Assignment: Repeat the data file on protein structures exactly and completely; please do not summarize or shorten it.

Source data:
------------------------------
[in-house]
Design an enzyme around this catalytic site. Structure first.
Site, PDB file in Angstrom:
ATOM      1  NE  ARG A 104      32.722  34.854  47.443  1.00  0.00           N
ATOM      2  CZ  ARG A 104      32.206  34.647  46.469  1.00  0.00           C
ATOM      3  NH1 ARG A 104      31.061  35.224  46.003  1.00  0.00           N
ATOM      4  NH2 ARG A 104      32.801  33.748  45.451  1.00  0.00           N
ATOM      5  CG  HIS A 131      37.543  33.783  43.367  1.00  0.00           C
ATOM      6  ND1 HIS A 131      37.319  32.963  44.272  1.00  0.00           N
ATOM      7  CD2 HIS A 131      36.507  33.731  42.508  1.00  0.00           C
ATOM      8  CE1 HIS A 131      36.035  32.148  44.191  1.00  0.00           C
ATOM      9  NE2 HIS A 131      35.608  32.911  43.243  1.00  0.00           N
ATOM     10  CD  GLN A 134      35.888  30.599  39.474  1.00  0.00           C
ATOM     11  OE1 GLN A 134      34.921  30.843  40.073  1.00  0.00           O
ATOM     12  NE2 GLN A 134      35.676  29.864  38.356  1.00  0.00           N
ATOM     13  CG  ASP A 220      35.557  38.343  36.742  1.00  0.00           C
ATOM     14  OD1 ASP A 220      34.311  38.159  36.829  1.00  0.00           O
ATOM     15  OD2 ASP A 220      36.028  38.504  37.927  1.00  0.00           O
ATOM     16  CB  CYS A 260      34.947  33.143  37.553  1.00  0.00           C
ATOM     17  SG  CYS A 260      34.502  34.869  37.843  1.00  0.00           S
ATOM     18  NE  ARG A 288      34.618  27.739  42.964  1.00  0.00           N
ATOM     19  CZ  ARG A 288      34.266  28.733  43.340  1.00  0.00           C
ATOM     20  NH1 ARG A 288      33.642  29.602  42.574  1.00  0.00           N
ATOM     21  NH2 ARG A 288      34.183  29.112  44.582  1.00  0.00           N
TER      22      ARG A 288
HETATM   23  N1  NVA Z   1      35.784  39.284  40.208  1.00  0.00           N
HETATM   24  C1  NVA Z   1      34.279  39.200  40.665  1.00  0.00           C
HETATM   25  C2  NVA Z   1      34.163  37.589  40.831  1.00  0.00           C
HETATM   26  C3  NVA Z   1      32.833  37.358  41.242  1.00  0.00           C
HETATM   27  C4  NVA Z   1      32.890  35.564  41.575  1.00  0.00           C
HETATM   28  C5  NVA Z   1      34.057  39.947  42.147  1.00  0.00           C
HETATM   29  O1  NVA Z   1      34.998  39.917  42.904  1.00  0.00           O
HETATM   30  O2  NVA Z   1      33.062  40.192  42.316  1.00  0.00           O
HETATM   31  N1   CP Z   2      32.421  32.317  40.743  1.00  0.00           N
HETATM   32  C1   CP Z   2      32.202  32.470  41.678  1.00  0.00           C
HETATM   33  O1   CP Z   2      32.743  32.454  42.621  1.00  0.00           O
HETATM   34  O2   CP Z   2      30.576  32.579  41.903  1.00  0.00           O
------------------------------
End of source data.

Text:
[in-house]
Design an enzyme around this catalytic site. Structure first.
Site, PDB file in Angstrom:
ATOM      1  NE  ARG A 104      32.722  34.854  47.443  1.00  0.00           N
ATOM      2  CZ  ARG A 104      32.206  34.647  46.469  1.00  0.00           C
ATOM      3  NH1 ARG A 104      31.061  35.224  46.003  1.00  0.00           N
ATOM      4  NH2 ARG A 104      32.801  33.748  45.451  1.00  0.00           N
ATOM      5  CG  HIS A 131      37.543  33.783  43.367  1.00  0.00           C
ATOM      6  ND1 HIS A 131      37.319  32.963  44.272  1.00  0.00           N
ATOM      7  CD2 HIS A 131      36.507  33.731  42.508  1.00  0.00           C
ATOM      8  CE1 HIS A 131      36.035  32.148  44.191  1.00  0.00           C
ATOM      9  NE2 HIS A 131      35.608  32.911  43.243  1.00  0.00           N
ATOM     10  CD  GLN A 134      35.888  30.599  39.474  1.00  0.00           C
ATOM     11  OE1 GLN A 134      34.921  30.843  40.073  1.00  0.00           O
ATOM     12  NE2 GLN A 134      35.676  29.864  38.356  1.00  0.00           N
ATOM     13  CG  ASP A 220      35.557  38.343  36.742  1.00  0.00           C
ATOM     14  OD1 ASP A 220      34.311  38.159  36.829  1.00  0.00           O
ATOM     15  OD2 ASP A 220      36.028  38.504  37.927  1.00  0.00           O
ATOM     16  CB  CYS A 260      34.947  33.143  37.553  1.00  0.00           C
ATOM     17  SG  CYS A 260      34.502  34.869  37.843  1.00  0.00           S
ATOM     18  NE  ARG A 288      34.618  27.739  42.964  1.00  0.00           N
ATOM     19  CZ  ARG A 288      34.266  28.733  43.340  1.00  0.00           C
ATOM     20  NH1 ARG A 288      33.642  29.602  42.574  1.00  0.00           N
ATOM     21  NH2 ARG A 288      34.183  29.112  44.582  1.00  0.00           N
TER      22      ARG A 288
HETATM   23  N1  NVA Z   1      35.784  39.284  40.208  1.00  0.00           N
HETATM   24  C1  NVA Z   1      34.279  39.200  40.665  1.00  0.00           C
HETATM   25  C2  NVA Z   1      34.163  37.589  40.831  1.00  0.00           C
HETATM   26  C3  NVA Z   1      32.833  37.358  41.242  1.00  0.00           C
HETATM   27  C4  NVA Z   1      32.890  35.564  41.575  1.00  0.00           C
HETATM   28  C5  NVA Z   1      34.057  39.947  42.147  1.00  0.00           C
HETATM   29  O1  NVA Z   1      34.998  39.917  42.904  1.00  0.00           O
HETATM   30  O2  NVA Z   1      33.062  40.192  42.316  1.00  0.00           O
HETATM   31  N1   CP Z   2      32.421  32.317  40.743  1.00  0.00           N
HETATM   32  C1   CP Z   2      32.202  32.470  41.678  1.00  0.00           C
HETATM   33  O1   CP Z   2      32.743  32.454  42.621  1.00  0.00           O
HETATM   34  O2   CP Z   2      30.576  32.579  41.903  1.00  0.00           O